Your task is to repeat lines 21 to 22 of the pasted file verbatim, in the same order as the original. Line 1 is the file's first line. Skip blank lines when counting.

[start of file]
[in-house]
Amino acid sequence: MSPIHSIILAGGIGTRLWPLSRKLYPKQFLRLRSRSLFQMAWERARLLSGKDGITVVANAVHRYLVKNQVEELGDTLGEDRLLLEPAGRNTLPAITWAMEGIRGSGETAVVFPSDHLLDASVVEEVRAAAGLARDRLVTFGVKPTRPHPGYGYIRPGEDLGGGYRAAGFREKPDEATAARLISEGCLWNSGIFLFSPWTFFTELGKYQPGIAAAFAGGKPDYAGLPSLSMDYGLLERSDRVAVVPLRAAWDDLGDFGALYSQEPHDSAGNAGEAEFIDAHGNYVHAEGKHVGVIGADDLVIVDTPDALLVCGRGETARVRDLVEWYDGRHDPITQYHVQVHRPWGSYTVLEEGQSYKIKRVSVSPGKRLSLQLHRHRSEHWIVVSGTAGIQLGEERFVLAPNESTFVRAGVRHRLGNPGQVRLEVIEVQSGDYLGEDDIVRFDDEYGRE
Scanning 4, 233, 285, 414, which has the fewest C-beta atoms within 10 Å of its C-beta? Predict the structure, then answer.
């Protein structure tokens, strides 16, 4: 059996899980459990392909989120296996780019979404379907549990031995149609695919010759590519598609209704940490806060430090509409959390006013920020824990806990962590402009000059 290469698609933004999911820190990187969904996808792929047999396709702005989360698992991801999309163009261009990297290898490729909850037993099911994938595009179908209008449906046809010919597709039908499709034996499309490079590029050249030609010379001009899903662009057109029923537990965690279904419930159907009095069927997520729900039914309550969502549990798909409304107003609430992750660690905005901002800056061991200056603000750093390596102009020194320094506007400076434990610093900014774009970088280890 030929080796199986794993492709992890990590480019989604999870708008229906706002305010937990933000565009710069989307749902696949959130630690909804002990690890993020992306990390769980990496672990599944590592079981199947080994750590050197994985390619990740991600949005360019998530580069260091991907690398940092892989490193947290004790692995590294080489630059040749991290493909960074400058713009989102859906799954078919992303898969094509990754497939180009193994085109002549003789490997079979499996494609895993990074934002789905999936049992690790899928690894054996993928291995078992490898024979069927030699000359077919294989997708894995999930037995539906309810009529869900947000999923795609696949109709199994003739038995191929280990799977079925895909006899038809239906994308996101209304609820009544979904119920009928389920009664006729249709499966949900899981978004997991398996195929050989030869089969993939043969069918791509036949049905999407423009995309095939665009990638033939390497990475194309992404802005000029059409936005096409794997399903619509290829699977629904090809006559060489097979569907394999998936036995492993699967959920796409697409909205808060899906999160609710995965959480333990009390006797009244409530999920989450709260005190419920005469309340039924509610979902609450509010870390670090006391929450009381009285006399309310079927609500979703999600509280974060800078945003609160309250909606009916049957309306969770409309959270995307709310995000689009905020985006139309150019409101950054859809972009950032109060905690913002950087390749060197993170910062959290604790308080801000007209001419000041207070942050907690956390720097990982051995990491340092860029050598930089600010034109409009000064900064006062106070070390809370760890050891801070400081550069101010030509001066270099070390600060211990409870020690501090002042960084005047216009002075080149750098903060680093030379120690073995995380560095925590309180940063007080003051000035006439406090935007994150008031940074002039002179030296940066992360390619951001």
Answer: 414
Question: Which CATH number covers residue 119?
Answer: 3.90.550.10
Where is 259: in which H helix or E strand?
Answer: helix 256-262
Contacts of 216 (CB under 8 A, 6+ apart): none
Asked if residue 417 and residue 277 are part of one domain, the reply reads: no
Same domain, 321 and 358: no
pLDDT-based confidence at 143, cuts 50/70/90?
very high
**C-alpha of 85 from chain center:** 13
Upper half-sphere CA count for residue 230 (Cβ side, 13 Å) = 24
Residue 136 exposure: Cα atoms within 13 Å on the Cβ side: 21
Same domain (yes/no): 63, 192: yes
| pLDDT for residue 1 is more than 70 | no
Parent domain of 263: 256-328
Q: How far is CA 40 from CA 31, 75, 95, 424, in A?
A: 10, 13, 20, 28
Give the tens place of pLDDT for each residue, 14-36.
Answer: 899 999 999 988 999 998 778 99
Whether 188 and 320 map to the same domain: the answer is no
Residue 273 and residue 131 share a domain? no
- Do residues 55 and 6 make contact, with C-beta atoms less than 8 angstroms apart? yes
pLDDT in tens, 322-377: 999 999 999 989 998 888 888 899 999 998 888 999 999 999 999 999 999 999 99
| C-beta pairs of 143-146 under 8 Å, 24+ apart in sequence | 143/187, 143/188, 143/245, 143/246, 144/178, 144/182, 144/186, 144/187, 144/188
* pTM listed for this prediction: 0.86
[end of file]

Q: How far is CA 40 from CA 31, 75, 95, 424, in A?
A: 10, 13, 20, 28